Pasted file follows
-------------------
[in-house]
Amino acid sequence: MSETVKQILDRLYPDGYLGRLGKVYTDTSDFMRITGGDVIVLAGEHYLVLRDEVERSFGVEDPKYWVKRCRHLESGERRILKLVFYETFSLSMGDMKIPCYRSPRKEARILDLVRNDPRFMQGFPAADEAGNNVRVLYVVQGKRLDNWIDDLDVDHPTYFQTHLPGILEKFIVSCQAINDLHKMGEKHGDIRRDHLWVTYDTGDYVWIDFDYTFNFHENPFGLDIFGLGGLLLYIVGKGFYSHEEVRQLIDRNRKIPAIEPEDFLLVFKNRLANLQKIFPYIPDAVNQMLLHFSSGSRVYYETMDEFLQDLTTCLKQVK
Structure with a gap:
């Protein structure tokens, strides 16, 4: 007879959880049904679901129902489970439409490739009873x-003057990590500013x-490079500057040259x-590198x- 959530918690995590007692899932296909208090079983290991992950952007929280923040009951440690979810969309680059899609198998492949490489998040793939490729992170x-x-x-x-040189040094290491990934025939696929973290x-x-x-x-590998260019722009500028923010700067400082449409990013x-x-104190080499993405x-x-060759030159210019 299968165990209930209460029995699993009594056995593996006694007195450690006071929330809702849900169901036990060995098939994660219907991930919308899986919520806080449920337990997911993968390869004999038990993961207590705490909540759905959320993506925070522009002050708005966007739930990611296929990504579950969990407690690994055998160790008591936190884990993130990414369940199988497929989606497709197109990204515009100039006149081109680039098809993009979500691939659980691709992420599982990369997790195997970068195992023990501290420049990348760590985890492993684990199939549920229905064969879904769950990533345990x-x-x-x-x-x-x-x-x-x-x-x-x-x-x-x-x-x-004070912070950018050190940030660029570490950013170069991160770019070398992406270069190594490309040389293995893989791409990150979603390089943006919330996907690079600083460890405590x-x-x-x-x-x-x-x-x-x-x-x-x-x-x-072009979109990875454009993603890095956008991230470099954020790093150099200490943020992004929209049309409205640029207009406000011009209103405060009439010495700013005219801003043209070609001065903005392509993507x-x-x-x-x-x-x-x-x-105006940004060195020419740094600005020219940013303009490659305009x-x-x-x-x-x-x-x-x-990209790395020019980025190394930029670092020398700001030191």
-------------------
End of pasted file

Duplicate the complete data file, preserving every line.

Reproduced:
[in-house]
Amino acid sequence: MSETVKQILDRLYPDGYLGRLGKVYTDTSDFMRITGGDVIVLAGEHYLVLRDEVERSFGVEDPKYWVKRCRHLESGERRILKLVFYETFSLSMGDMKIPCYRSPRKEARILDLVRNDPRFMQGFPAADEAGNNVRVLYVVQGKRLDNWIDDLDVDHPTYFQTHLPGILEKFIVSCQAINDLHKMGEKHGDIRRDHLWVTYDTGDYVWIDFDYTFNFHENPFGLDIFGLGGLLLYIVGKGFYSHEEVRQLIDRNRKIPAIEPEDFLLVFKNRLANLQKIFPYIPDAVNQMLLHFSSGSRVYYETMDEFLQDLTTCLKQVK
Structure with a gap:
């Protein structure tokens, strides 16, 4: 007879959880049904679901129902489970439409490739009873x-003057990590500013x-490079500057040259x-590198x- 959530918690995590007692899932296909208090079983290991992950952007929280923040009951440690979810969309680059899609198998492949490489998040793939490729992170x-x-x-x-040189040094290491990934025939696929973290x-x-x-x-590998260019722009500028923010700067400082449409990013x-x-104190080499993405x-x-060759030159210019 299968165990209930209460029995699993009594056995593996006694007195450690006071929330809702849900169901036990060995098939994660219907991930919308899986919520806080449920337990997911993968390869004999038990993961207590705490909540759905959320993506925070522009002050708005966007739930990611296929990504579950969990407690690994055998160790008591936190884990993130990414369940199988497929989606497709197109990204515009100039006149081109680039098809993009979500691939659980691709992420599982990369997790195997970068195992023990501290420049990348760590985890492993684990199939549920229905064969879904769950990533345990x-x-x-x-x-x-x-x-x-x-x-x-x-x-x-x-x-x-004070912070950018050190940030660029570490950013170069991160770019070398992406270069190594490309040389293995893989791409990150979603390089943006919330996907690079600083460890405590x-x-x-x-x-x-x-x-x-x-x-x-x-x-x-072009979109990875454009993603890095956008991230470099954020790093150099200490943020992004929209049309409205640029207009406000011009209103405060009439010495700013005219801003043209070609001065903005392509993507x-x-x-x-x-x-x-x-x-105006940004060195020419740094600005020219940013303009490659305009x-x-x-x-x-x-x-x-x-990209790395020019980025190394930029670092020398700001030191």